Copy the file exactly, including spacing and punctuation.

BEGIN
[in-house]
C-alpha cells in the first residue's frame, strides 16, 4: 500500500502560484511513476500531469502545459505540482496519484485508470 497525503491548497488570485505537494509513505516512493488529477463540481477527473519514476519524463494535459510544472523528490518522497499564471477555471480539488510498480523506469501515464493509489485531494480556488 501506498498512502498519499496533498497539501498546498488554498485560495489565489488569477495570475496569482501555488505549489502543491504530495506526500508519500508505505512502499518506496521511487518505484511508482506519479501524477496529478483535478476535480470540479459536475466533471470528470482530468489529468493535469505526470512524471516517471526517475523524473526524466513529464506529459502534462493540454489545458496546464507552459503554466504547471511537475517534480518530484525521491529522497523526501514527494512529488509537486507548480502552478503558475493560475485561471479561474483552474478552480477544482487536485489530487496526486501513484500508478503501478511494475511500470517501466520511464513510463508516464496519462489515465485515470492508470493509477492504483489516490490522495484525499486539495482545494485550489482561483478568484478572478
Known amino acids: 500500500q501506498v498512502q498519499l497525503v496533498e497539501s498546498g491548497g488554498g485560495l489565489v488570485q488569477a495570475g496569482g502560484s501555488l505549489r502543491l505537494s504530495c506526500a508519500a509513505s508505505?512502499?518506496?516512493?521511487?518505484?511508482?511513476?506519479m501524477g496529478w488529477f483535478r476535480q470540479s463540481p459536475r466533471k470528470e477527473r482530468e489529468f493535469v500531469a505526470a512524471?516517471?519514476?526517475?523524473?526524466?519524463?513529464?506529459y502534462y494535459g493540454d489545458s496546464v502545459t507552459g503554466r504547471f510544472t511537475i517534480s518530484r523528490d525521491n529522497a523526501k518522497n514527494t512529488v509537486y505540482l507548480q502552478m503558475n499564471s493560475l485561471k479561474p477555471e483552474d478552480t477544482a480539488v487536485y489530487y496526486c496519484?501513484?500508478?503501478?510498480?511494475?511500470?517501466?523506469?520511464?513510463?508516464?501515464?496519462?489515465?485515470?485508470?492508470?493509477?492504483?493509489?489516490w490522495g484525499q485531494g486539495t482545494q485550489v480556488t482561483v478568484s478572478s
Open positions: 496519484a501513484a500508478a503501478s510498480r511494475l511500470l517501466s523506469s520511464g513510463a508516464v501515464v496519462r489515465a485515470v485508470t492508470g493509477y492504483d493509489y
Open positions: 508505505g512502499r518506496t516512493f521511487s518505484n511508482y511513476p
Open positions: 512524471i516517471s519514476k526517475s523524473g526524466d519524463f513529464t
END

[in-house]
C-alpha cells in the first residue's frame, strides 16, 4: 500500500502560484511513476500531469502545459505540482496519484485508470 497525503491548497488570485505537494509513505516512493488529477463540481477527473519514476519524463494535459510544472523528490518522497499564471477555471480539488510498480523506469501515464493509489485531494480556488 501506498498512502498519499496533498497539501498546498488554498485560495489565489488569477495570475496569482501555488505549489502543491504530495506526500508519500508505505512502499518506496521511487518505484511508482506519479501524477496529478483535478476535480470540479459536475466533471470528470482530468489529468493535469505526470512524471516517471526517475523524473526524466513529464506529459502534462493540454489545458496546464507552459503554466504547471511537475517534480518530484525521491529522497523526501514527494512529488509537486507548480502552478503558475493560475485561471479561474483552474478552480477544482487536485489530487496526486501513484500508478503501478511494475511500470517501466520511464513510463508516464496519462489515465485515470492508470493509477492504483489516490490522495484525499486539495482545494485550489482561483478568484478572478
Known amino acids: 500500500q501506498v498512502q498519499l497525503v496533498e497539501s498546498g491548497g488554498g485560495l489565489v488570485q488569477a495570475g496569482g502560484s501555488l505549489r502543491l505537494s504530495c506526500a508519500a509513505s508505505?512502499?518506496?516512493?521511487?518505484?511508482?511513476?506519479m501524477g496529478w488529477f483535478r476535480q470540479s463540481p459536475r466533471k470528470e477527473r482530468e489529468f493535469v500531469a505526470a512524471?516517471?519514476?526517475?523524473?526524466?519524463?513529464?506529459y502534462y494535459g493540454d489545458s496546464v502545459t507552459g503554466r504547471f510544472t511537475i517534480s518530484r523528490d525521491n529522497a523526501k518522497n514527494t512529488v509537486y505540482l507548480q502552478m503558475n499564471s493560475l485561471k479561474p477555471e483552474d478552480t477544482a480539488v487536485y489530487y496526486c496519484?501513484?500508478?503501478?510498480?511494475?511500470?517501466?523506469?520511464?513510463?508516464?501515464?496519462?489515465?485515470?485508470?492508470?493509477?492504483?493509489?489516490w490522495g484525499q485531494g486539495t482545494q485550489v480556488t482561483v478568484s478572478s
Open positions: 496519484a501513484a500508478a503501478s510498480r511494475l511500470l517501466s523506469s520511464g513510463a508516464v501515464v496519462r489515465a485515470v485508470t492508470g493509477y492504483d493509489y
Open positions: 508505505g512502499r518506496t516512493f521511487s518505484n511508482y511513476p
Open positions: 512524471i516517471s519514476k526517475s523524473g526524466d519524463f513529464t